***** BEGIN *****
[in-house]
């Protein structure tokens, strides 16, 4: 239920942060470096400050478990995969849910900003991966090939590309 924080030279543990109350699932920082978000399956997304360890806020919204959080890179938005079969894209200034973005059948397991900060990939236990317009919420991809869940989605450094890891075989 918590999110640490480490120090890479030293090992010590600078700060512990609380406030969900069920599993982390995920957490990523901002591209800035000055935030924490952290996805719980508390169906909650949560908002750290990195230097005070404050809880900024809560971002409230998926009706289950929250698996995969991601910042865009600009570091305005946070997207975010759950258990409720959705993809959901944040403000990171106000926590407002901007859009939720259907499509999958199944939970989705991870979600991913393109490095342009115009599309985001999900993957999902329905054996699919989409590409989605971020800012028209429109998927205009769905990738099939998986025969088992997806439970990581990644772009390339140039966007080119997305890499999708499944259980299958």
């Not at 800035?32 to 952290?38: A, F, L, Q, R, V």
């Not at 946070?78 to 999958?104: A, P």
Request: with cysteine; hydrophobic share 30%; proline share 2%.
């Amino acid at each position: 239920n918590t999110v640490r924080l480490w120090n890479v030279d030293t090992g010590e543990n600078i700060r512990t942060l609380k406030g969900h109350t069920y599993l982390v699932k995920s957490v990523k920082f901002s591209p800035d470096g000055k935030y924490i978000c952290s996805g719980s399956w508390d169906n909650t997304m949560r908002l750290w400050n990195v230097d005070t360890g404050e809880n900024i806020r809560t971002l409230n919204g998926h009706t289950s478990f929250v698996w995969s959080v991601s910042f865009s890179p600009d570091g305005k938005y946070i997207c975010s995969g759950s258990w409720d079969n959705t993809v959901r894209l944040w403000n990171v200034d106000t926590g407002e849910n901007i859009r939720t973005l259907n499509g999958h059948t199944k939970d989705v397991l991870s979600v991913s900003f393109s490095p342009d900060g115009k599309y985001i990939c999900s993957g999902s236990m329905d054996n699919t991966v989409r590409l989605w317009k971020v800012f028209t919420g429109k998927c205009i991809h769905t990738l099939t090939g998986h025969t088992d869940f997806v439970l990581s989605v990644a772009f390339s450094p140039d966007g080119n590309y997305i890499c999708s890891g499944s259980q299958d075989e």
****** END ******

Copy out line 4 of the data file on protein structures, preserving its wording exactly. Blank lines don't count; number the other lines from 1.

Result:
């Not at 946070?78 to 999958?104: A, P």